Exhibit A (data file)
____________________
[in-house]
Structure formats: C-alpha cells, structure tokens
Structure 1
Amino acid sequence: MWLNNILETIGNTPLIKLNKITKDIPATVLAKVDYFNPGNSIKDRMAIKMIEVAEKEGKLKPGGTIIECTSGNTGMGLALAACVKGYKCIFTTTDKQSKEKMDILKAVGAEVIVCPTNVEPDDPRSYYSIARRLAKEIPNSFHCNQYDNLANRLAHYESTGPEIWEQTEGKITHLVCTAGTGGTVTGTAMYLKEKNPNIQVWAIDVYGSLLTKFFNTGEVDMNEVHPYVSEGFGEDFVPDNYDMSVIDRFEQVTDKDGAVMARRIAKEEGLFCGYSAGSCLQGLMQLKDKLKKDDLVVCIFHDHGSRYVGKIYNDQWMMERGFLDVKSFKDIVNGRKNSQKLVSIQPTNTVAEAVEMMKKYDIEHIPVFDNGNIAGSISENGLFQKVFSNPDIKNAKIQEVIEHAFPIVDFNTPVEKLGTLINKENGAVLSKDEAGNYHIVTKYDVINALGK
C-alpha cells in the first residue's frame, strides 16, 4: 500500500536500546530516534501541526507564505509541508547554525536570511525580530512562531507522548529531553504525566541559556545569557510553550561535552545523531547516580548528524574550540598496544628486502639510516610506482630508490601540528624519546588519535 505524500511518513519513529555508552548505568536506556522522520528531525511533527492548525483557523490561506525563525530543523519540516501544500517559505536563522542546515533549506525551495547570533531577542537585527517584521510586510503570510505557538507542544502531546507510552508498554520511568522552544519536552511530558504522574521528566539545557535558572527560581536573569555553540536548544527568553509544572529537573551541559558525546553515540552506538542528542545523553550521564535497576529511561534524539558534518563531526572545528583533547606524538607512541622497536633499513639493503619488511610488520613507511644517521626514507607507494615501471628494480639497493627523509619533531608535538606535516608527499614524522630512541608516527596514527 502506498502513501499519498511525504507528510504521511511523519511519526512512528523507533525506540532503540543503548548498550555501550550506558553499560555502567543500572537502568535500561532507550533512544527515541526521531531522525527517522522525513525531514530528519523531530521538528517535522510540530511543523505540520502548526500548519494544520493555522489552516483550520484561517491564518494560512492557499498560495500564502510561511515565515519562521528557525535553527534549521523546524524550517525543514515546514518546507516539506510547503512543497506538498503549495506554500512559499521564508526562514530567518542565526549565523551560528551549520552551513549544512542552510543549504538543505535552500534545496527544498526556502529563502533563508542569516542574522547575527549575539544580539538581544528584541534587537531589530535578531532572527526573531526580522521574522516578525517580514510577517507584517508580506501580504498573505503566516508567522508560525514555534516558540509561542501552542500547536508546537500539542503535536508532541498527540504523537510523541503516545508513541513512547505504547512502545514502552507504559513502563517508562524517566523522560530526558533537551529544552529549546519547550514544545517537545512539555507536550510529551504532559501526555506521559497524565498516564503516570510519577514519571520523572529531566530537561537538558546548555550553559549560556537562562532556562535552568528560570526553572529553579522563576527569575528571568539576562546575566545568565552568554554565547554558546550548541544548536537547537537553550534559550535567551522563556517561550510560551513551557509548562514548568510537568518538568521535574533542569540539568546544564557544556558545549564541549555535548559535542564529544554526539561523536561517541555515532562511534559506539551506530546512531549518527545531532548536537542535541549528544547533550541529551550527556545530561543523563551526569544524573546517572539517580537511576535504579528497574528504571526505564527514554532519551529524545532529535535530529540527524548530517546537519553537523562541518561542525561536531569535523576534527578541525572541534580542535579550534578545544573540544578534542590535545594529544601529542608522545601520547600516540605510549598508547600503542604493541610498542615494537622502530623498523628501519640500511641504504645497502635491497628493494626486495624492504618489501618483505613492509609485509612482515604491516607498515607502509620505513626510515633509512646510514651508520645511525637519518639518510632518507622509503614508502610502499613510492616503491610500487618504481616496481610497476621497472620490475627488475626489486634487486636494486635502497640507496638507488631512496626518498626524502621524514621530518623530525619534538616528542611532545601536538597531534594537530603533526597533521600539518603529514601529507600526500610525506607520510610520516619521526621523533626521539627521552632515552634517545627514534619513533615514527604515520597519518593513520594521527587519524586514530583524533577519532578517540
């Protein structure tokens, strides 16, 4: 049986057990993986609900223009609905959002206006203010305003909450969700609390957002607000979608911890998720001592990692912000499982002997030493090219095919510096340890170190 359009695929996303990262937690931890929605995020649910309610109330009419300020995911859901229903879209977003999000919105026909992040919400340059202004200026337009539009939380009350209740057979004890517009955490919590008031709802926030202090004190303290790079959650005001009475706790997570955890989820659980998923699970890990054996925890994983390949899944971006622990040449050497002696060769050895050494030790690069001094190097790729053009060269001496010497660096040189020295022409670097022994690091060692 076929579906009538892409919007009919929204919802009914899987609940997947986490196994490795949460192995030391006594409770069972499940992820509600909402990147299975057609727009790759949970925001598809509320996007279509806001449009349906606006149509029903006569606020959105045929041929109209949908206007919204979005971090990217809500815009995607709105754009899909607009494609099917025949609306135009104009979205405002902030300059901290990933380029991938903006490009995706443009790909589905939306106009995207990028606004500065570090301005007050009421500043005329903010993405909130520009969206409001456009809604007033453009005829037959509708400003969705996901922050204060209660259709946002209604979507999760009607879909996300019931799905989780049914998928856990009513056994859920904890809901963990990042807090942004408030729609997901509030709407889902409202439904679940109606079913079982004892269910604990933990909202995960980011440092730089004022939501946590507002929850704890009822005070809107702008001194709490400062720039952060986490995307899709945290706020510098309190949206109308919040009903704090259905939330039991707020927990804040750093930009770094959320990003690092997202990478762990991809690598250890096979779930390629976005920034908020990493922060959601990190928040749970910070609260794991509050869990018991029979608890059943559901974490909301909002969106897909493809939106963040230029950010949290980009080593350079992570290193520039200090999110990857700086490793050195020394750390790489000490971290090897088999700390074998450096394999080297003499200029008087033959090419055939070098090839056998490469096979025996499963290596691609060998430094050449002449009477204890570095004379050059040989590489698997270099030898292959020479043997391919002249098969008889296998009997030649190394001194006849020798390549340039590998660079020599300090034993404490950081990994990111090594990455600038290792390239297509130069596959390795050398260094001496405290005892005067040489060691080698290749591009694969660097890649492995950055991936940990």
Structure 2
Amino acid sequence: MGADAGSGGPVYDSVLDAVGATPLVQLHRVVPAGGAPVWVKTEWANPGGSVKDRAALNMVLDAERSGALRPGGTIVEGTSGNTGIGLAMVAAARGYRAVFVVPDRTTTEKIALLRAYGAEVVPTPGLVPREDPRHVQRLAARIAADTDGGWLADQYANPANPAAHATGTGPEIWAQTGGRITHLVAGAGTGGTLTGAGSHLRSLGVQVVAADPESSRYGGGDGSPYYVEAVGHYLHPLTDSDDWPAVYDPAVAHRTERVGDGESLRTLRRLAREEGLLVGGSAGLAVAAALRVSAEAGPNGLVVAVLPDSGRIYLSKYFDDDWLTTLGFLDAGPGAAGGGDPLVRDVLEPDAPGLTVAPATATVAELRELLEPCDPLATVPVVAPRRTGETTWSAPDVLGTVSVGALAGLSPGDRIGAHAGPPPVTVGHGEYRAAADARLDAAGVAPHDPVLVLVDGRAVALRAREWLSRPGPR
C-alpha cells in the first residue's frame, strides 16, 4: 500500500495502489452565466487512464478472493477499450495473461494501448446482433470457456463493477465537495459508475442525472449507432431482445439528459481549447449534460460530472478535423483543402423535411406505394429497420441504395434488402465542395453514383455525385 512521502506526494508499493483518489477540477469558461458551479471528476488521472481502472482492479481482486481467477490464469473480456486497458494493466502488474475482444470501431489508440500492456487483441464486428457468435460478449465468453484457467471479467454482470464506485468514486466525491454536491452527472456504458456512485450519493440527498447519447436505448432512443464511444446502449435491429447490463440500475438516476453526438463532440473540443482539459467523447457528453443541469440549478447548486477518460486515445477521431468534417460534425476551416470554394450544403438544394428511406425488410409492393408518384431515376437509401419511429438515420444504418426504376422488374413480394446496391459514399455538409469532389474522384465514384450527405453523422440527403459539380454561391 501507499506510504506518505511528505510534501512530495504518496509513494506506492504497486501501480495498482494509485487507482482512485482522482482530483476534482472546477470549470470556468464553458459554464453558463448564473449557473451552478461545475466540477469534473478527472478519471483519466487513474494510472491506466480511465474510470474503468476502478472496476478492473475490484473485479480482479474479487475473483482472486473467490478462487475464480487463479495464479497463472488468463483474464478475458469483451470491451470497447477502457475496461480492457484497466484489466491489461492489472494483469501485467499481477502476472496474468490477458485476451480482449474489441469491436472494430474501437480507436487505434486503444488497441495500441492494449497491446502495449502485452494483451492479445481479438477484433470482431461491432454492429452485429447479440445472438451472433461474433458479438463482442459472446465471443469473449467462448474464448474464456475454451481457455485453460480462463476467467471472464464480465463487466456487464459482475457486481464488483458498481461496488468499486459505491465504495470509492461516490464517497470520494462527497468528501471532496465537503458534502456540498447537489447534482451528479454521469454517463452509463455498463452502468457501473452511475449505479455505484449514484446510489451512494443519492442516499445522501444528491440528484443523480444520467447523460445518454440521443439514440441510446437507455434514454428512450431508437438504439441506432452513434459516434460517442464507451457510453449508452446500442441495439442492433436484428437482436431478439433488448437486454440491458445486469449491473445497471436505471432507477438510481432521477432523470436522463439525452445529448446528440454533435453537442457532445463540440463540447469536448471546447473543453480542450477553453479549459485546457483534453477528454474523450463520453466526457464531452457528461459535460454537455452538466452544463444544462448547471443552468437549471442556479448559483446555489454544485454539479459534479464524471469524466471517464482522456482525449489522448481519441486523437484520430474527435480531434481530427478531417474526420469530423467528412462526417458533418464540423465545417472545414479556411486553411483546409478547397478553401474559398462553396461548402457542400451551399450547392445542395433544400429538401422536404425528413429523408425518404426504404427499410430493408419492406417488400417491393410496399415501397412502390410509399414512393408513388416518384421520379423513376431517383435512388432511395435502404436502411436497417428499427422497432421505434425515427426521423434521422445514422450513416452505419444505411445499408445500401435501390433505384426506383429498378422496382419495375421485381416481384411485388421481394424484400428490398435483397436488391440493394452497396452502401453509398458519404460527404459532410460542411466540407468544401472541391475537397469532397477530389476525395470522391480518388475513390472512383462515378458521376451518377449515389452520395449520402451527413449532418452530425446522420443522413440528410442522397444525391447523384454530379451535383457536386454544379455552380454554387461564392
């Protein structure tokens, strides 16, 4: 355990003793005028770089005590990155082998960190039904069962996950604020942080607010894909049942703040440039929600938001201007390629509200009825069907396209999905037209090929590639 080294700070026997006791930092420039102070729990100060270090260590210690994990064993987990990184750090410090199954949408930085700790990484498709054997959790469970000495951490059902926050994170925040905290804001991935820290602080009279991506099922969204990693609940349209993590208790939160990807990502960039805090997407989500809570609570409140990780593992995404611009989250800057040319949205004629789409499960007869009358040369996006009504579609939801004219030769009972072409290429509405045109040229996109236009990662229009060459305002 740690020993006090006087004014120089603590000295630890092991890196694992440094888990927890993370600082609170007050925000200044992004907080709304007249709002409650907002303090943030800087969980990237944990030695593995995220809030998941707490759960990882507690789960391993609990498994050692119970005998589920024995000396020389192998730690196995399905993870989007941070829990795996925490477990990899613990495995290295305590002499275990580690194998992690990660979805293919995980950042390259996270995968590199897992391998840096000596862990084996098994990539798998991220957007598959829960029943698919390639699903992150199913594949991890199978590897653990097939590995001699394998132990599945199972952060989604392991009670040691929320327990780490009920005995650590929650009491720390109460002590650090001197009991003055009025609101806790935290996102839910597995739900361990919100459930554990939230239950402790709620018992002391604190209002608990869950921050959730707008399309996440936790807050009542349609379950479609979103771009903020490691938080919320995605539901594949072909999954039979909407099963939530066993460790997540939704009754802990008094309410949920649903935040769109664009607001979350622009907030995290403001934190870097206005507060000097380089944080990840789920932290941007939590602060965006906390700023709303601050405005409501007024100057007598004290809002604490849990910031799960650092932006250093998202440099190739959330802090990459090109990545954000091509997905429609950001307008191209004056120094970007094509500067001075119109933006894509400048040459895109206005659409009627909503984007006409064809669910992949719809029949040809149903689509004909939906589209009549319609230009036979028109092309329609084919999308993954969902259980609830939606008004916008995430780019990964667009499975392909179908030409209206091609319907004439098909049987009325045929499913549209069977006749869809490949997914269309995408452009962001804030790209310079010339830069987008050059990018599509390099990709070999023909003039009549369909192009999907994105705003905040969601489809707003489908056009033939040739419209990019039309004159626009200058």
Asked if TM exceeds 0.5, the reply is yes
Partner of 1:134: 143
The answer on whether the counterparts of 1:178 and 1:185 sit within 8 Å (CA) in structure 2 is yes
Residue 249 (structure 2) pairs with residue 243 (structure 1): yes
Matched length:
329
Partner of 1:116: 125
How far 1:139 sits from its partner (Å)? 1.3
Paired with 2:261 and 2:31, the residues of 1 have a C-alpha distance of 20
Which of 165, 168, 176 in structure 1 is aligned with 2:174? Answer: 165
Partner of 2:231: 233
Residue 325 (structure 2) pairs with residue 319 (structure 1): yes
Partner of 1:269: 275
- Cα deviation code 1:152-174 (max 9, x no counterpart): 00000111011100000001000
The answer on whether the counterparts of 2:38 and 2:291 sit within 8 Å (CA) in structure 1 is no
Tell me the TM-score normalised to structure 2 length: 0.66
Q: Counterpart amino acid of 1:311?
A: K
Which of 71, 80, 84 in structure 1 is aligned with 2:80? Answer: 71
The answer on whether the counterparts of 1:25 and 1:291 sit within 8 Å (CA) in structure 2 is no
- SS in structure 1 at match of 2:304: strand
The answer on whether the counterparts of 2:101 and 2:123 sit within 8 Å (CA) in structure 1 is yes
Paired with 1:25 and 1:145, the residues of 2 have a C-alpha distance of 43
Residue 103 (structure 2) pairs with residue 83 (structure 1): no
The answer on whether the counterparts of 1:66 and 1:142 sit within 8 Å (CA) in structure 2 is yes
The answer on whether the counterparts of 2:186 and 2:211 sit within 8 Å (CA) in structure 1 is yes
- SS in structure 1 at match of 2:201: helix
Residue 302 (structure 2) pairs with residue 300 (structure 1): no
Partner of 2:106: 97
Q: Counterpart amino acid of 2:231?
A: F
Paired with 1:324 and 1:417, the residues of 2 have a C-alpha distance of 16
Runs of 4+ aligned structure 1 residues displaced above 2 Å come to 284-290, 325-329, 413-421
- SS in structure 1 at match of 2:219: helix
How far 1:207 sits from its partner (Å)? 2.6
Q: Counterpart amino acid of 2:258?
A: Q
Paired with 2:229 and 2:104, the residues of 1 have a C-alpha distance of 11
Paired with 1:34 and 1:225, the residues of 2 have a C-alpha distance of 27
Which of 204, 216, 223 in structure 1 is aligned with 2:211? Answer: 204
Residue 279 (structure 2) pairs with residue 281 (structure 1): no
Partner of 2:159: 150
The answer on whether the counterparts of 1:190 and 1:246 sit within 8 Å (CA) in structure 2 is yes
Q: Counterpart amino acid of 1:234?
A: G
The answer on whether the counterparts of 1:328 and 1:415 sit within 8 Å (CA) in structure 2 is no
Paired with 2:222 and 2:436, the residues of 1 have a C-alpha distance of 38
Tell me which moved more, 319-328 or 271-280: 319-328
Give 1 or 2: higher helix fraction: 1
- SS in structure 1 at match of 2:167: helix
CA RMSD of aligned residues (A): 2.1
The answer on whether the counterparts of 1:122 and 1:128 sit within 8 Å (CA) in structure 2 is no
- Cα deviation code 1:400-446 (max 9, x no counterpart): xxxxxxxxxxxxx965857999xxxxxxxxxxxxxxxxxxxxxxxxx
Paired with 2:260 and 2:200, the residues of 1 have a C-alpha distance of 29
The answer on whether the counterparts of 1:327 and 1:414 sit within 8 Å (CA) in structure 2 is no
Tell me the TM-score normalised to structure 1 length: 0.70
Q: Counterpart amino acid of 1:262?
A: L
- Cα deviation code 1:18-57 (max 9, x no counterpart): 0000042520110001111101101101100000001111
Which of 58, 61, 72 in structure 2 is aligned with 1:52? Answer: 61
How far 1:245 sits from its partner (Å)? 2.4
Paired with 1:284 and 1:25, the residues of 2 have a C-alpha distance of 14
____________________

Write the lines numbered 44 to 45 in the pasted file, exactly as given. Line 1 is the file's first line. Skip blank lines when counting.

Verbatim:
- SS in structure 1 at match of 2:219: helix
How far 1:207 sits from its partner (Å)? 2.6